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Tuesday, June 22nd, 2010

Time Event
7:35p
Cordially yours
Last year, half my forsythia bush didn't flower in February as it usually does; instead it flowered in early June. So apparently there was a big Sambucus nigra shrub growing there that I hadn't noticed before. And thus it was that I casually skimmed the net for elderflower cordial recipes and tried one out, with limited success.

This year I've made three litres of the stuff and it came out reasonably well, so I'm going to share the secret with you. Possibly a bit too late to go out and try it, sorry (my fault as it's a week since I bottled the finished product), but there may still be a few late-flowering branches to harvest.

There seem to be two schools of thought, as exemplified by the first two recipes I happened upon in my research. By far the most common seems to be that you make up a syrup with hot water and sugar and then pour it on to the flowers (or, sometimes: layer the flowers with sugar and pour hot water on it, thus dissolving the sugar and making the syrup). The other is to soak the flowers in plain water and then cook it up afterwards with the sugar. I rather like the cooking-afterwards idea from the point of view of making sure there's nothing nasty in it (some references also claim that the flowers contain a mildly poisonous alkaloid which is destroyed by cooking). But there are also other advantages: you can make it on any scale you like as you don't need to know in advance how much water and sugar to put in, and if it goes wrong you can junk it without having wasted a ton of sugar. The main disadvantage of doing it this way round is it's more liable to go off while the flowers are soaking because the sugar is not there to preserve it (this is what happened to my second batch last year — I still made the cordial and it was marginally drinkable but definitely far from perfect).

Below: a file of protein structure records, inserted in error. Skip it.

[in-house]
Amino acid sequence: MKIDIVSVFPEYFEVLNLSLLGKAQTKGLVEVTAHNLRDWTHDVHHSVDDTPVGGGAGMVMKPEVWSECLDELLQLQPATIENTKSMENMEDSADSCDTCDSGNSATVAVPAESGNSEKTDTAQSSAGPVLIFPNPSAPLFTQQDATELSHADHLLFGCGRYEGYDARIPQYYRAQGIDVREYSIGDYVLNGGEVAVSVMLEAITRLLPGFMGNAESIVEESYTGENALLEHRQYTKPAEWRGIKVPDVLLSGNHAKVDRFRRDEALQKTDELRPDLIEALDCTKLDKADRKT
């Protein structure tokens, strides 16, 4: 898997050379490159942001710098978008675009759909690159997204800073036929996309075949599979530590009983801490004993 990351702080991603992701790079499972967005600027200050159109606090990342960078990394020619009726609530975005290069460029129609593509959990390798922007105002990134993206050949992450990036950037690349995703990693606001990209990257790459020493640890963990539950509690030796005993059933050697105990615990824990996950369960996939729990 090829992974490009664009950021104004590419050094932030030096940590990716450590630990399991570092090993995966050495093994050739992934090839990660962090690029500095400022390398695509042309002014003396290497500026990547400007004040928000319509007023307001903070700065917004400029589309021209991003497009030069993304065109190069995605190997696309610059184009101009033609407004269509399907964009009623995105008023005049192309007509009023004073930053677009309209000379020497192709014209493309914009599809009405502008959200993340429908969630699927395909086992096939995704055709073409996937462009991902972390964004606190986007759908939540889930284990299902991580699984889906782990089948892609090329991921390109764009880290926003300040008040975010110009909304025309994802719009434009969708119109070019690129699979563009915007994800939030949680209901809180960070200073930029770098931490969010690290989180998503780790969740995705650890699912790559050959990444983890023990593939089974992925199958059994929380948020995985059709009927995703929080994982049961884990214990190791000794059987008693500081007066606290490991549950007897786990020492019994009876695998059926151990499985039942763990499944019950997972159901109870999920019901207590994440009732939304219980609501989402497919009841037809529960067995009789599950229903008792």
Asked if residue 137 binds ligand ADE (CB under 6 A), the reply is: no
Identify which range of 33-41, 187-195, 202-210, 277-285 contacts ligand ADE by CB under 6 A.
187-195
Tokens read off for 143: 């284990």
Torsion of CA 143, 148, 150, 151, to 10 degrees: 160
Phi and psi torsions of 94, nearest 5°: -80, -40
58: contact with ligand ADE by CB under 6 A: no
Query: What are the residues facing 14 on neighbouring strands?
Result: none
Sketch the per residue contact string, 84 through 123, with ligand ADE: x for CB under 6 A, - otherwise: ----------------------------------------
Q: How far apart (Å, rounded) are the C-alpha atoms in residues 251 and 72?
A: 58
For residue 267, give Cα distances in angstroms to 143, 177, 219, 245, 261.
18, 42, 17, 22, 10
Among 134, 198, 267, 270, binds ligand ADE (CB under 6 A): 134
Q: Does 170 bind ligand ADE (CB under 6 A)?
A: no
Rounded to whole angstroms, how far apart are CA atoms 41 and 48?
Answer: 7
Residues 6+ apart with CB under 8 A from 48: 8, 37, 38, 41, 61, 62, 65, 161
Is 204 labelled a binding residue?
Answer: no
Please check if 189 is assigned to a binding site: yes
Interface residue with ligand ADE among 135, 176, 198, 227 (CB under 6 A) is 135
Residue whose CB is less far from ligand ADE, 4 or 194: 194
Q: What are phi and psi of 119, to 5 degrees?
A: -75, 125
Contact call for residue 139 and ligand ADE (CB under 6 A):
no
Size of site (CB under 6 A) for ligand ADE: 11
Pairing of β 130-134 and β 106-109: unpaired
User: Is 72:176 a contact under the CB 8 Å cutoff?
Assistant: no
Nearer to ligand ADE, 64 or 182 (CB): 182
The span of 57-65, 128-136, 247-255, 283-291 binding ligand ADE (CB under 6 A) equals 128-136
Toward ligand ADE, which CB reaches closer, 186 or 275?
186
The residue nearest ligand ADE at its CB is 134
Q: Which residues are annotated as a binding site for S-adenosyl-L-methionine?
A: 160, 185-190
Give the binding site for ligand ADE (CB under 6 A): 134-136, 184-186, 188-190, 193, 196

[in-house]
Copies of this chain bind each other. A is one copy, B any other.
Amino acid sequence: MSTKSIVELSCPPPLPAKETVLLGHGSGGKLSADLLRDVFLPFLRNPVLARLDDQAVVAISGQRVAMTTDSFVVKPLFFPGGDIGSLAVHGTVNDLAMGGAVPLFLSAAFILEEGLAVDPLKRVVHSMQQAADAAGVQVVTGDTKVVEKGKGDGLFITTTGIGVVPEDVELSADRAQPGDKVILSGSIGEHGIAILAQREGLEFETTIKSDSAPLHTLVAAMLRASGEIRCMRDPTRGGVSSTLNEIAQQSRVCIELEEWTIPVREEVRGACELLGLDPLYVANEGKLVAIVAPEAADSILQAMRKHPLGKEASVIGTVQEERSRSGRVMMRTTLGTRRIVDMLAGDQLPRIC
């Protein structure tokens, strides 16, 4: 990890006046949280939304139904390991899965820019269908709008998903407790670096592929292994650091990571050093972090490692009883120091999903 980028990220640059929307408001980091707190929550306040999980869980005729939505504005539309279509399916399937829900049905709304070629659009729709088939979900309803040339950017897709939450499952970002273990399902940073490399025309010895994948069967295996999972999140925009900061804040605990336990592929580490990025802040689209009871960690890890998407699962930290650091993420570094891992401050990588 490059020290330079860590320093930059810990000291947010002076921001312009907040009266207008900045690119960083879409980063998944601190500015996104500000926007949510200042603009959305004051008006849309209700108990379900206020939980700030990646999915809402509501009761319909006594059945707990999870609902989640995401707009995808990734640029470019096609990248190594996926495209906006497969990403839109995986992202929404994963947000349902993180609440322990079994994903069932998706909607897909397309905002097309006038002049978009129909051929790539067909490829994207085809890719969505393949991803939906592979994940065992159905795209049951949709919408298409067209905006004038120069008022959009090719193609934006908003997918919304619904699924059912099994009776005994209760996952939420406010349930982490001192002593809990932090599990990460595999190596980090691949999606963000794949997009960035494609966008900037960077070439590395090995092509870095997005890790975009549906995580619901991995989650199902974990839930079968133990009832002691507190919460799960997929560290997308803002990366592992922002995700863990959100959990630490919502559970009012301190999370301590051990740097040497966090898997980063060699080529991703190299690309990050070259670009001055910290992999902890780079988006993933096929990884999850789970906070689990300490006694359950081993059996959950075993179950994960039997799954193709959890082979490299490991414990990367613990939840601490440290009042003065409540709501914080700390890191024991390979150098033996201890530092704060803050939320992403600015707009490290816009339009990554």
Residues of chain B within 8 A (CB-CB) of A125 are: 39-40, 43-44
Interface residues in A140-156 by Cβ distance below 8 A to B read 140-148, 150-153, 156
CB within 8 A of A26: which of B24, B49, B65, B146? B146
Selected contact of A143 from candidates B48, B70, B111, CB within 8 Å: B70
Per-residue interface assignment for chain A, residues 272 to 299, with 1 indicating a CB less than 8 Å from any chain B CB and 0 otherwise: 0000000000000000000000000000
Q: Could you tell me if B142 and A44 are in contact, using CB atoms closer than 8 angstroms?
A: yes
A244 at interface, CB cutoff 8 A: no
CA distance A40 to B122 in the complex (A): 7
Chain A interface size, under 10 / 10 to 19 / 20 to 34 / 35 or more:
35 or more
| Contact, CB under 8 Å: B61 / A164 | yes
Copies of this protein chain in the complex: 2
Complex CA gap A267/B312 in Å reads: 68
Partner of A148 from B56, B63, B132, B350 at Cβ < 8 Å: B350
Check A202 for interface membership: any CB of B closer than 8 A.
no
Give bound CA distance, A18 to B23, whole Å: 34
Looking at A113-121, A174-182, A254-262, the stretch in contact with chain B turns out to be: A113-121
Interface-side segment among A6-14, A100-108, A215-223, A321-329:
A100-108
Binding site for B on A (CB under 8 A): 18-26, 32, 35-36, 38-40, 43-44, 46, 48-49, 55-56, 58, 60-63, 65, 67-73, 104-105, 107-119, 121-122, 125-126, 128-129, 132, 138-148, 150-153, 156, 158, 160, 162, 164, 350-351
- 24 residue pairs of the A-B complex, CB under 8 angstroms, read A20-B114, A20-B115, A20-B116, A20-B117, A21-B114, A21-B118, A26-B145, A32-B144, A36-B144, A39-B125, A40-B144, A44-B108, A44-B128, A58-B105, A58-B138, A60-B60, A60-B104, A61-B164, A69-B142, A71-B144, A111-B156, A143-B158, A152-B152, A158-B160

Recipes from the cook-before ideology tend to tell you to pour the water on to the flowers while still hot. This does not work in my experience (and an independent witness has also confirmed by experiment). When I made the first batch last year I intended to use "cooled boiled water", then thought it doesn't matter if I put it on a bit warm — and didn't wait nearly long enough for the kettle to cool so the water was hotter than I thought. When I poured it into the bowl, the first flowers that it touched instantly turned brown, followed in due course by the whole top layer of flowers. After two days' soaking the liquid was dark brown, and while it definitely tasted of elderflower it also tasted of burnt. I drank quite a bit of it, but in the end poured the last litre away.

So… Elderflower CordialCollapse )

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